Archive users searching for a specific image or scene are often confronted with ten thousands of hours of footage. How can an archive provide its users with a possibility of effective retrieval? Today, the answer is: by massively investing in staff intellectually documenting the material. A colossal task, hardly manageable for smaller institutions with limited staff resources. The project VIVA – Visual information retrieval in video archives has a goal: to support archives in this task by developing an innovative videomining software. Using Artificial Intelligence (AI) the software automatically indexes digitized archival footage – thereby creating new opportunities for information retrieval concerning scenes, people and similar images in so far undocumented material.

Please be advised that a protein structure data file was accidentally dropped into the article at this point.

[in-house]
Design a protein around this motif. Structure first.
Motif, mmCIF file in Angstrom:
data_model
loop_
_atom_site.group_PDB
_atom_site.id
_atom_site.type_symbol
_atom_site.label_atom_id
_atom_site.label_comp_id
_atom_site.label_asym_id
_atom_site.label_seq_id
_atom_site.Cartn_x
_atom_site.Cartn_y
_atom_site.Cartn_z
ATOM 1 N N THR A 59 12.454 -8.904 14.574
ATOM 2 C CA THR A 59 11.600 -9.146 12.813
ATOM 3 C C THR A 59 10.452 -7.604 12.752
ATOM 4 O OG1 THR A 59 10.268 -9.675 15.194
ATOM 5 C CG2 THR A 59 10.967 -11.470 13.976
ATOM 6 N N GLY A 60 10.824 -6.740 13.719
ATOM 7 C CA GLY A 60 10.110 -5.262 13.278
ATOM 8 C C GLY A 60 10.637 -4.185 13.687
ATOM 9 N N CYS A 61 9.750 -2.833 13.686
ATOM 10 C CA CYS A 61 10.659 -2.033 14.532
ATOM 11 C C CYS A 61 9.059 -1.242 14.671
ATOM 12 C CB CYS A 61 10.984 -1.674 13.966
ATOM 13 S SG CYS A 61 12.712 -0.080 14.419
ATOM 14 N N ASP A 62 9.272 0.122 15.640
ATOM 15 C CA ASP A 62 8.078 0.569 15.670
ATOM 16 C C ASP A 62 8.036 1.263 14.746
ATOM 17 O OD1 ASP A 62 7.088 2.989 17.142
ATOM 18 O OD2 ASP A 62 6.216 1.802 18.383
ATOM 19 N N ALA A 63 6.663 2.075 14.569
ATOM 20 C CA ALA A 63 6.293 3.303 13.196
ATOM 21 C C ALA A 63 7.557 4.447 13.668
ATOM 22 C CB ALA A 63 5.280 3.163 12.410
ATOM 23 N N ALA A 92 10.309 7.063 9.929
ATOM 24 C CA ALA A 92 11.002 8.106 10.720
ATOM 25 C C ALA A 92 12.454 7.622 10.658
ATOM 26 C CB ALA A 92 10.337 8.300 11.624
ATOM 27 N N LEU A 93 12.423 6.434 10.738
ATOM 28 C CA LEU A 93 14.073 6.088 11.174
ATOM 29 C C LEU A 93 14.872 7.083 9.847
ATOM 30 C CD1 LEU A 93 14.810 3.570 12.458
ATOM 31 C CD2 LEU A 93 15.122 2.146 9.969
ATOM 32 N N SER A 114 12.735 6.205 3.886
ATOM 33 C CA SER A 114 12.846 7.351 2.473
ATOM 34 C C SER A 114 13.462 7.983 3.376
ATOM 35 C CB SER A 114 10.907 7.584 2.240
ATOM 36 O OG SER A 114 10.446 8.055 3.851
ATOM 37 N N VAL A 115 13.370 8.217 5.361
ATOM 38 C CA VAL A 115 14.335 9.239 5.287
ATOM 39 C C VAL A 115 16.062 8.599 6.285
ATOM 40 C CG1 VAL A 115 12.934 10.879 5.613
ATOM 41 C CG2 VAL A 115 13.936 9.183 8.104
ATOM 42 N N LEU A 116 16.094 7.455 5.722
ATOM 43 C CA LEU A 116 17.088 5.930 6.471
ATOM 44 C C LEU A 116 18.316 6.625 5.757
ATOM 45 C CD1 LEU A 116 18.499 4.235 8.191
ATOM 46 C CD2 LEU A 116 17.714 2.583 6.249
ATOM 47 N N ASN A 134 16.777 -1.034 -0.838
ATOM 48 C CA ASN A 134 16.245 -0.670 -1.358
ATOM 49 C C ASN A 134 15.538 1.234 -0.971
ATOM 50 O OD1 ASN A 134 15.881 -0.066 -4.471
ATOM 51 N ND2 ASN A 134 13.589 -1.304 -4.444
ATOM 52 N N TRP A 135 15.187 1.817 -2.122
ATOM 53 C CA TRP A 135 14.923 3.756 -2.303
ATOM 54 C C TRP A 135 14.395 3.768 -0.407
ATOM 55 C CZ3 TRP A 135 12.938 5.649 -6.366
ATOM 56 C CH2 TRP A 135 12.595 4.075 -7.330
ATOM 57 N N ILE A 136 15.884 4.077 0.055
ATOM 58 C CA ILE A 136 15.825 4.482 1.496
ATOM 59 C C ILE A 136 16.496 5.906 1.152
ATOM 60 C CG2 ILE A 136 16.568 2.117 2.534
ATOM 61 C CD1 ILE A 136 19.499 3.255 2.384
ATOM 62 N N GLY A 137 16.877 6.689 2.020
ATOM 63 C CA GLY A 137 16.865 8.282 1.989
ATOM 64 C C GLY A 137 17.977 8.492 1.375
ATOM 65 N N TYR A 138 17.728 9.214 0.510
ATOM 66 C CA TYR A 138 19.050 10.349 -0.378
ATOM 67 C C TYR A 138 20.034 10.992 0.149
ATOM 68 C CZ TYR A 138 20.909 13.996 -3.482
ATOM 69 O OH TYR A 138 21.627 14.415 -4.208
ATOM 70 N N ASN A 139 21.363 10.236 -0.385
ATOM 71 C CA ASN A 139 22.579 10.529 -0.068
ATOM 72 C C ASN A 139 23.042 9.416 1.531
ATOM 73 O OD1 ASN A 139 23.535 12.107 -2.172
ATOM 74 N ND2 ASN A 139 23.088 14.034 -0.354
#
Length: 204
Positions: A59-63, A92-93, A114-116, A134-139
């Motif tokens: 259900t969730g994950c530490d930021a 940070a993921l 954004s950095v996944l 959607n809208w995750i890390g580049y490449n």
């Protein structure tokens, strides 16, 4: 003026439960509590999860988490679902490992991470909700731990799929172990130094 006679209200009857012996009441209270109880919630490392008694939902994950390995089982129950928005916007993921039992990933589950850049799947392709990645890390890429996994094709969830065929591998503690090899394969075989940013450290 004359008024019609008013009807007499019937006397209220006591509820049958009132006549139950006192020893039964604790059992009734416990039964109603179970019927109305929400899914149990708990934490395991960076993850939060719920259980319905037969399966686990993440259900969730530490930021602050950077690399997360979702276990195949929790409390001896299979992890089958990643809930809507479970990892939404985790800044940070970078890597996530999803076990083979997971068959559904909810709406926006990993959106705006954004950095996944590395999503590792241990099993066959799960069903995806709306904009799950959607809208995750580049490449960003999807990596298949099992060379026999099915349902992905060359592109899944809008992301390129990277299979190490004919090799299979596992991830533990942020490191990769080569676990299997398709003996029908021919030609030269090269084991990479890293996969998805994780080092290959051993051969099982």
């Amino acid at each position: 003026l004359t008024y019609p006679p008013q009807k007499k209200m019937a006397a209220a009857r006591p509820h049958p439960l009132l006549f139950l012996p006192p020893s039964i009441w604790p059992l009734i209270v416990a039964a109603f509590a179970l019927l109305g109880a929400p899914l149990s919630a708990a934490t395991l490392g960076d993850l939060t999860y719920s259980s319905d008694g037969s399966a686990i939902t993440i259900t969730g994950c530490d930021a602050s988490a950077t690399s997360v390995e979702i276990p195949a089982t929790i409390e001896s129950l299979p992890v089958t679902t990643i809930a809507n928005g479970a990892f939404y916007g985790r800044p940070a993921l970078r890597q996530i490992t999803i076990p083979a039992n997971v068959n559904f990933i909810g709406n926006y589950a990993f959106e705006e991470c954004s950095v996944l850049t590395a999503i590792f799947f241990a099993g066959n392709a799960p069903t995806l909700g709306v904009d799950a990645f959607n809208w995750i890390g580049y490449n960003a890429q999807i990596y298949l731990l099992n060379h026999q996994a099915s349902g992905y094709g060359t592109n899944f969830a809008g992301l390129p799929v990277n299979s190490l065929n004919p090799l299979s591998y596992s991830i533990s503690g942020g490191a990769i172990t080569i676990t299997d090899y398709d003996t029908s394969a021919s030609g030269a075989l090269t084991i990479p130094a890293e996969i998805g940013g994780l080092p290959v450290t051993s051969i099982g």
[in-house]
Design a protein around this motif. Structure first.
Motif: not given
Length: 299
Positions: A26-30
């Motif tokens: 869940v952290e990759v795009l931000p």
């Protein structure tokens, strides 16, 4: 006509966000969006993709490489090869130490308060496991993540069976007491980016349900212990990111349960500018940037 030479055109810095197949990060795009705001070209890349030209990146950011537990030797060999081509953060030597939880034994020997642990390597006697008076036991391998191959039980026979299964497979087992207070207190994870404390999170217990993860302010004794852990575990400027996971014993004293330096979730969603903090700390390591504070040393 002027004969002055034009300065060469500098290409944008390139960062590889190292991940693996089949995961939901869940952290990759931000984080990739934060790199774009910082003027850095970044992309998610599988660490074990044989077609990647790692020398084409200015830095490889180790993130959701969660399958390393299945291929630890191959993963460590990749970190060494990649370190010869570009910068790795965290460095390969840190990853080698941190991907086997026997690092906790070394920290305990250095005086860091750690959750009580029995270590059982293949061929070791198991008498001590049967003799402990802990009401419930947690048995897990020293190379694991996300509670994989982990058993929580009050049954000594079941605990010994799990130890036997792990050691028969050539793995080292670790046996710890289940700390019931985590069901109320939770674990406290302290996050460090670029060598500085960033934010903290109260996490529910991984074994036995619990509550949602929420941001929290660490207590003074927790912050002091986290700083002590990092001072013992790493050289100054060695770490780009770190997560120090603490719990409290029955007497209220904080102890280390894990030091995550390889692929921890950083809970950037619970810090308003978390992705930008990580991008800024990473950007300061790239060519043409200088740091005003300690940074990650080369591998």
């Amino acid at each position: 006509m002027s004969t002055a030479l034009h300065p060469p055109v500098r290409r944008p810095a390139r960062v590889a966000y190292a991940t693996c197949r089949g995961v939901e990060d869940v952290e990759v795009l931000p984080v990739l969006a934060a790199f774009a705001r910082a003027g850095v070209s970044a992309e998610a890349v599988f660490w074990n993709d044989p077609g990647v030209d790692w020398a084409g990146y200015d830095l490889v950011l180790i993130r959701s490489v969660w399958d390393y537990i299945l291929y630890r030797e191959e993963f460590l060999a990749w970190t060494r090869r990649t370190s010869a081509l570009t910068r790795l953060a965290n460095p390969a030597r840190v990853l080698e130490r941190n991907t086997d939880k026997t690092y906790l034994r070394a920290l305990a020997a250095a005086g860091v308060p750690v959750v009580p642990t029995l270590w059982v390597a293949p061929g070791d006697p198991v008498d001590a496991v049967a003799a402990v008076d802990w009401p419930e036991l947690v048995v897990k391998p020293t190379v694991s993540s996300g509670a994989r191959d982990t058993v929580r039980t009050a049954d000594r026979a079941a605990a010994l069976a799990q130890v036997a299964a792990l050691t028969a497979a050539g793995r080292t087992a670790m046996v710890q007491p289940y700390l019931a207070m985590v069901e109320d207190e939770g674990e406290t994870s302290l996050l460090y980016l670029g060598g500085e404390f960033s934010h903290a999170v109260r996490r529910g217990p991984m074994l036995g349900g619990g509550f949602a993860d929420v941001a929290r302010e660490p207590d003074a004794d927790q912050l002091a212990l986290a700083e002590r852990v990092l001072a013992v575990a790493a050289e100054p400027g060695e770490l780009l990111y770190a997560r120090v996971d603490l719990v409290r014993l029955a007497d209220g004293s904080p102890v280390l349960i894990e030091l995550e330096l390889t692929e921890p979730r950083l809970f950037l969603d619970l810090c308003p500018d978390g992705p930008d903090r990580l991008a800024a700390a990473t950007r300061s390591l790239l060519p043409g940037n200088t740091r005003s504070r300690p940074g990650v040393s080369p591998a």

Supported by Deutsche Forschungsgemeinschaft (DFG) three partners work on the project in close cooperation: the research team Visual Analytics at Leibniz Information Centre for Science and Technology (TIB), the Department for Distributed Computing at Marburg University and the German Broadcasting Archive (DRA). The researchers use modern deep learning architectures to ensure the effective training of Deep Convolutional Neural Networks. The DRA provides the project with valuable ground truth data and DRA’s archivists and documentarists bring their firsthand experience with the needs of journalists and scientists using the archive to the table.
The VIVA tool is available at https://github.com/TIBHannover/VIVA.
- Screenshot »Aktuelle Kamera: Politische und wirtschaftliche Lage in Westberlin« (1966), DRA (IDNR 331546)
- Berlin, Alexanderplatz, "Haus des Lehrers", Fernsehturm, Bundesarchiv, Bild 183-H1002-0001-002 / CC-BY-SA 3.0
- Erich Honecker, Bundesarchiv, Bild 183-R1220-401 / Unknown / CC-BY-SA 3.0
- FDJ Fahne, Vwpolonia75, CC BY 3.0
- Ortsschild Berlin, Monster4711, CC0 1.0